While its cereals are part of the human diet, especially as breakfast cereals, livestock feeding is one of its crucial use, others being green fertilizer, as a ground cover, brewing, and the straws may be bedding to cows and horses.
Finally, oats are nutrient-rich with proteins, dietary fiber, vitamin B, manganese, fats, carbs, zinc, iron, phosphorus, among other nutrients. They are also lower cholesterol, thanks to their high fiber.
Can rabbits eat oats and oatmeal?
Yes. Rabbits can eat oats and oatmeal in moderation. Give them as a treat, not a meal replacement with typical amounts being a teaspoon per bunny weighing two pounds once in a while.
This amount can include thick rolled ones like Bob’s Red Mill Gluten Free Old Fashioned Rolled, Quaker, groats, and steel-cut oats, so long as they don’t have additives or preservatives. However, avoid instant ones as well as cakes, cookies, milk, or bread if they have any additives.
Since they are higher in carbs and sugars, if fed often or in large amounts, the higher levels of carbs and fats may throw out of balance these pet’s gut microflora balance causing diarrhea and enteritis.
Furthermore, expect weight gain (obesity), since they are highly calorific and don’t feed them to any rabbit that is already overweight. Doing so will only worsen things.
Finally, while they have some fiber, it is way far below what their main diet, the grass hay have. This low amount of fiber further explains why your pet cannot have too much of these cereals.
Can rabbits eat oat hay?
Yes, rabbits can eat oat plant, including its hay. If giving it this plant while still fresh, it should be part of their greens and veggies. However, for the case of oat hay, they can have it just as they eat other grass types.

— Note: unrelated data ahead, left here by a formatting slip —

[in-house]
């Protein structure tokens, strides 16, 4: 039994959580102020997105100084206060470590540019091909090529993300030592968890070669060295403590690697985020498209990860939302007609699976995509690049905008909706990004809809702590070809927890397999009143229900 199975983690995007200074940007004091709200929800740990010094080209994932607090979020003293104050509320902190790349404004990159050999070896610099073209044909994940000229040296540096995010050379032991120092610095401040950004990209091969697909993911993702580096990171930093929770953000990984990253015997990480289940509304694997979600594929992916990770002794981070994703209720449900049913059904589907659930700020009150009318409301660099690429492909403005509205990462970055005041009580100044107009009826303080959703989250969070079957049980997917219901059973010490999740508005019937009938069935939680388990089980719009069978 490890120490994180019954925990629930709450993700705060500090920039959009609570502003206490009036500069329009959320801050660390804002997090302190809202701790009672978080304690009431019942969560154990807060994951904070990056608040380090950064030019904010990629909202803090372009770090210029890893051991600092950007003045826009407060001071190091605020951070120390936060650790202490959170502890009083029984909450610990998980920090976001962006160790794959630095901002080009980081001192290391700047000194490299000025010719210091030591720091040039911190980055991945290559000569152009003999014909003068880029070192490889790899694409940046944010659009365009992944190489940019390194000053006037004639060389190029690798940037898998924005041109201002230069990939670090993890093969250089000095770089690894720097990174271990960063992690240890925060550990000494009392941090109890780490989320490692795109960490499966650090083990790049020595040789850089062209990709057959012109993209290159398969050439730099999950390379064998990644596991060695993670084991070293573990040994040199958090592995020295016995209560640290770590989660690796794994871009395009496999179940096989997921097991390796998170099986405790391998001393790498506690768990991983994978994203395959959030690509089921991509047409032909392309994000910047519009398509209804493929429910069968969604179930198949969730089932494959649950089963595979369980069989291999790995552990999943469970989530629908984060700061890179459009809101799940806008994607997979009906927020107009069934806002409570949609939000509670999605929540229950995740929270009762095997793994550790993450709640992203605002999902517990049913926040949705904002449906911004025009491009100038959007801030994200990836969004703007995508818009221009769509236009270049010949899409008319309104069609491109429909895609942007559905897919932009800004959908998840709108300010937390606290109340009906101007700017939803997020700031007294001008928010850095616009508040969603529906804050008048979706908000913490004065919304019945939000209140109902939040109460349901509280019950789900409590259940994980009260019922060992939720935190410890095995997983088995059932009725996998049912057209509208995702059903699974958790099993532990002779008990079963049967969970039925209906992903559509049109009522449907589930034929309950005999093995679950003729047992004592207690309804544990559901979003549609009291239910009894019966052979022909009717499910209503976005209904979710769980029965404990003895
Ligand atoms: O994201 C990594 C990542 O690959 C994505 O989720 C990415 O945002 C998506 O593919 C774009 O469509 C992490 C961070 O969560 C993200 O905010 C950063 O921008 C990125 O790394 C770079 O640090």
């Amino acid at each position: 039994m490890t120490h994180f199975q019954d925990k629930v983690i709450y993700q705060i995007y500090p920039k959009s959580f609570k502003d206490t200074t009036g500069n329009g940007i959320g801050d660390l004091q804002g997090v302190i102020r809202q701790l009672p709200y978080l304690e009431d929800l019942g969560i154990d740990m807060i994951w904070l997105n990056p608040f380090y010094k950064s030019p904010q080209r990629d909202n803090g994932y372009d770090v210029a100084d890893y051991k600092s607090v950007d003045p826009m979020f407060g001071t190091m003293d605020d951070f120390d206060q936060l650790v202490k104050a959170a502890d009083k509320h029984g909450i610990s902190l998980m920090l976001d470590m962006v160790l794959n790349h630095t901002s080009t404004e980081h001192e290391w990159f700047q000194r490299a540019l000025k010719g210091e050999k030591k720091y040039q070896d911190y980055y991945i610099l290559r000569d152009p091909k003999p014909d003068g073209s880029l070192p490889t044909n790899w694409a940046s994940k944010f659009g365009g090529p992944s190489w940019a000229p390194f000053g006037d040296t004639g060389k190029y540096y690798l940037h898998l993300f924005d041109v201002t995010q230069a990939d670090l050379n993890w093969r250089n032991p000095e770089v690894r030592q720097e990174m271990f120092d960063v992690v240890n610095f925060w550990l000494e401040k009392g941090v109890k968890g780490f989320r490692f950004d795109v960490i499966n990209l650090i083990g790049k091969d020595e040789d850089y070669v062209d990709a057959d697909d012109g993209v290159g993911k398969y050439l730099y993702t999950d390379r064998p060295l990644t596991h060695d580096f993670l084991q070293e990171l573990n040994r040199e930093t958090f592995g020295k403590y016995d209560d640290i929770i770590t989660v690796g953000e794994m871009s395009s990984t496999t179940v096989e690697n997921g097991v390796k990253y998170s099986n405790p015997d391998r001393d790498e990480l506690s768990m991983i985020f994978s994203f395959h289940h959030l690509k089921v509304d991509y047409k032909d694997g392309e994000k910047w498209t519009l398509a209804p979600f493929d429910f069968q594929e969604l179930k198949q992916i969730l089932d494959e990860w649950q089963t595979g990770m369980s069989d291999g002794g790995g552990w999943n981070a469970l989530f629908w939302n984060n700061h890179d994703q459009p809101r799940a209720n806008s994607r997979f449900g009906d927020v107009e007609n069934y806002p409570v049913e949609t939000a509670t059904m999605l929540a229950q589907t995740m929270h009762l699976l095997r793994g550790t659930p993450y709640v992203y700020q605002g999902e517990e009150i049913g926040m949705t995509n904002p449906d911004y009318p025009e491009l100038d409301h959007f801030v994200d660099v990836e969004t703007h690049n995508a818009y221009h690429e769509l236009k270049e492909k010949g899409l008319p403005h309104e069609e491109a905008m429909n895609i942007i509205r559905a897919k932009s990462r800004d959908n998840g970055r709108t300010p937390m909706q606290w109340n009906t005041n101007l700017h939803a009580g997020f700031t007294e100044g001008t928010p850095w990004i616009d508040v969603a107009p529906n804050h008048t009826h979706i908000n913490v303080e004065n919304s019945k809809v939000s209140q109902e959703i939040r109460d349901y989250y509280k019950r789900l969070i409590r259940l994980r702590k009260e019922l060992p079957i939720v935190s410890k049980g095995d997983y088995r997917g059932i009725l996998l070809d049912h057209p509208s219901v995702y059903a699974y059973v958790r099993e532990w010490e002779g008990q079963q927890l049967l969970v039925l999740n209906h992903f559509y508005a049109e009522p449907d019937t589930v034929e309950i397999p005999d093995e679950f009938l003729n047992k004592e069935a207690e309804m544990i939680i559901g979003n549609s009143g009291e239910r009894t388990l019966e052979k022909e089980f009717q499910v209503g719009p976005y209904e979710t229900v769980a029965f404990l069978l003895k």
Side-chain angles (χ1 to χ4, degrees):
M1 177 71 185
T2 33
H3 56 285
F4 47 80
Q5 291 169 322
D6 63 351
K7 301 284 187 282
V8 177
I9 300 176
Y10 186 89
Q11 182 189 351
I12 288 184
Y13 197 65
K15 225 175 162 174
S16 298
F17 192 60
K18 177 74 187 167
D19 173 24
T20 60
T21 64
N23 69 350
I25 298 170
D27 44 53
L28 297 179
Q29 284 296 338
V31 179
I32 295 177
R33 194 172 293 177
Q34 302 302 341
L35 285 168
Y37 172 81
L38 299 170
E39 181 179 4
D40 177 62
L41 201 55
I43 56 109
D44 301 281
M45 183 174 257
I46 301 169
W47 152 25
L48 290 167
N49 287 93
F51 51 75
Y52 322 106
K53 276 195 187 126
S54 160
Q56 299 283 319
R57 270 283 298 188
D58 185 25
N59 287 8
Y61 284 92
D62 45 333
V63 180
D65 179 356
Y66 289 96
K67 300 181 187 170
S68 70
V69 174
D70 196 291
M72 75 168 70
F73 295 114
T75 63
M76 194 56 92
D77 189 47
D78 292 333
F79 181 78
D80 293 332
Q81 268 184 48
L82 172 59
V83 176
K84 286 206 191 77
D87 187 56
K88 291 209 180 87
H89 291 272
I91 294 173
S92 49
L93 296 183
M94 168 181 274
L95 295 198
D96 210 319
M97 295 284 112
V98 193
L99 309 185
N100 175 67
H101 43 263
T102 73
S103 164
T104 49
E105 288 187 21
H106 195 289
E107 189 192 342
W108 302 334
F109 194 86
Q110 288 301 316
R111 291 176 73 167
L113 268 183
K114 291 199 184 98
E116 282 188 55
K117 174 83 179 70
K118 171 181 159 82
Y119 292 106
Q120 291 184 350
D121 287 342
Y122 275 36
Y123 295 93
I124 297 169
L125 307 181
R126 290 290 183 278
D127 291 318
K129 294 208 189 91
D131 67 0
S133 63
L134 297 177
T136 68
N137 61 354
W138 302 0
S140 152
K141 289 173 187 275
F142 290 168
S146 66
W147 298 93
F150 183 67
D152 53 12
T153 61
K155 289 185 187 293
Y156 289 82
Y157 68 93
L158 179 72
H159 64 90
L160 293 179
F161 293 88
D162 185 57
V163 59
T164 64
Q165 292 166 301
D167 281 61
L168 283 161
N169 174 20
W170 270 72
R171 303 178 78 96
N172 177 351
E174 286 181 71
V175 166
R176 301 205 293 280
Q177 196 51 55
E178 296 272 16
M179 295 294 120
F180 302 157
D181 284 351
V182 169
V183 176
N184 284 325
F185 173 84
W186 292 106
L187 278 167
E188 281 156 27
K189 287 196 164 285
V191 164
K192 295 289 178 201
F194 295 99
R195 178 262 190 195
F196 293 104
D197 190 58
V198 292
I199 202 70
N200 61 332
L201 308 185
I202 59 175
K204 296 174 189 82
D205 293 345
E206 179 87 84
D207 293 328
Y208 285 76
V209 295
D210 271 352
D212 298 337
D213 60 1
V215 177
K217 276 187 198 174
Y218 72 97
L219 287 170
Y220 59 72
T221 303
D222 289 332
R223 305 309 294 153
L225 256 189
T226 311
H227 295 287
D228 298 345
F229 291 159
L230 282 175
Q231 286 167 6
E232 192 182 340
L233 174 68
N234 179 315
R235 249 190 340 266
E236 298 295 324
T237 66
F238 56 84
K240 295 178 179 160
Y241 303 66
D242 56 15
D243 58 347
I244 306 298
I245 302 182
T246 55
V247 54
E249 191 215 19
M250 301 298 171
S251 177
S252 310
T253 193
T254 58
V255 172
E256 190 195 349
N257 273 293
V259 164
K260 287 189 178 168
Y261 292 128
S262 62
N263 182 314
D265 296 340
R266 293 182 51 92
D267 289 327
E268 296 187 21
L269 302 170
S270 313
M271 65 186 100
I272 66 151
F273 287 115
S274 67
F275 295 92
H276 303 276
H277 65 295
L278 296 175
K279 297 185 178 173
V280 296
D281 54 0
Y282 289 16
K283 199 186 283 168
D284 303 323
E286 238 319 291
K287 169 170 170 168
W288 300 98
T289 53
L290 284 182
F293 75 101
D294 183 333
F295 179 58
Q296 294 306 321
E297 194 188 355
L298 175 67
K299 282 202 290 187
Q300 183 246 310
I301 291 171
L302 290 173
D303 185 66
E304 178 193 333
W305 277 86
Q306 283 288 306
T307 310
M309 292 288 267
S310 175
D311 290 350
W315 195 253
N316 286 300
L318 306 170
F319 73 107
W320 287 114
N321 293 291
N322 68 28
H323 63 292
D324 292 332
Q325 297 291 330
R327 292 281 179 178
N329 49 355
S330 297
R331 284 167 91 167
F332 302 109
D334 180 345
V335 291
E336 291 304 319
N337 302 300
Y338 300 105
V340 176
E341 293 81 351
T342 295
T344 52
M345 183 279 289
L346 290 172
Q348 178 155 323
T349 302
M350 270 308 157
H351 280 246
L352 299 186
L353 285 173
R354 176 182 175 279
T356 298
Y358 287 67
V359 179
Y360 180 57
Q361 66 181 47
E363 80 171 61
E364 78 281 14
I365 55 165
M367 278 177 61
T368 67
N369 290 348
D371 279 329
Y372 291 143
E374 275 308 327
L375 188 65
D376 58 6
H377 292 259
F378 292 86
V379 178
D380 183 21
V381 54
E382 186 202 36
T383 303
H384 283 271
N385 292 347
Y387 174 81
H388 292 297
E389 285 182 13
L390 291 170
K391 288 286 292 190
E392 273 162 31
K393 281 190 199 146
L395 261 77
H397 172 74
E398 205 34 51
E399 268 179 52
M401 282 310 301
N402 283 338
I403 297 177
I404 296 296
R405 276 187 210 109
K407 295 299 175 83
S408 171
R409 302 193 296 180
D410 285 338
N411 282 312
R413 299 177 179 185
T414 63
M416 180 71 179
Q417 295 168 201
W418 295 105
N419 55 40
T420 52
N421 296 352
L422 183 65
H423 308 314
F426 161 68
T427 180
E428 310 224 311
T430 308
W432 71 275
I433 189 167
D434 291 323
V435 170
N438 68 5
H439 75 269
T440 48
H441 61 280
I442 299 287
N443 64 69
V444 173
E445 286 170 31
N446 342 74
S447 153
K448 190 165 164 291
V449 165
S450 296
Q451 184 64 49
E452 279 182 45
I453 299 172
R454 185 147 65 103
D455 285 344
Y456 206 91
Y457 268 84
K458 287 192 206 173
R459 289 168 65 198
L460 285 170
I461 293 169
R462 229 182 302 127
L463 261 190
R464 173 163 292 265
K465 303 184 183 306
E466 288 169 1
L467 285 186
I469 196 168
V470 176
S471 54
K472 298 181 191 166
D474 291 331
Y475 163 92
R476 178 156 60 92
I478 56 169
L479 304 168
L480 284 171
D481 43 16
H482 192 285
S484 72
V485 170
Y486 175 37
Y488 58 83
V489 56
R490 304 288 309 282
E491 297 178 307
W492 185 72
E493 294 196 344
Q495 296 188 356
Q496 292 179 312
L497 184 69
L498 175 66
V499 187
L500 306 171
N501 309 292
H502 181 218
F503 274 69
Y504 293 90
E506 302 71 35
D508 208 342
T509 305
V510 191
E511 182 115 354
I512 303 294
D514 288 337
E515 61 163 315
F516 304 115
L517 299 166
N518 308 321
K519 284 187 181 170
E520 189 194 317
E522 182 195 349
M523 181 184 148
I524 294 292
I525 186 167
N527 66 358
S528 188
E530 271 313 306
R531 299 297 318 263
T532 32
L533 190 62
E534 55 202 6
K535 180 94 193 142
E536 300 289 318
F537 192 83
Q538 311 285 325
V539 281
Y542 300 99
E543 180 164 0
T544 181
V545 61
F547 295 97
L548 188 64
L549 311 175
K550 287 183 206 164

Like wheat and barley hay, harvesting occurs while the seeds are still in their milk stage before their kernel matures. Instead of seeds, the cores have husks made of fiber. However, they have the appealing aroma of mature oats, making them more attractive.
Most bunnies and other small herbivorous pets like guinea pigs, chinchillas, prairie dogs, and so on will love its smell and have the foraging mental stimulation while eating this hay. Bunnies prefer the heads and not the stalk but will also eat these stems.
Nutritionally, this hay is more or less like any other grass hay with comparable in its composition of calcium, proteins, and fiber with others like Timothy, meadow, orchard hay, and so on.
The fiber will help prevent GI stasis and aid digestion. However, there might be a slight color change in their poop, something that shouldn’t worry you.
If you want to give it a try, one great brand that will not let you down is the Oxbow Animal Health Oat Hay for Pets that has a crunchy texture, doesn’t have artificial flavors, preservatives or colors and have a great taste that your pet will love.
Also, the Small Pet Select Oat Hay Pet Food is another great brand you can add to small herbivores’ diet.
Finally, once the seeds are ripe, and the plant begins turning golden brown, it is less nutritious. Only use it as straw bedding for your furry friend and not as food.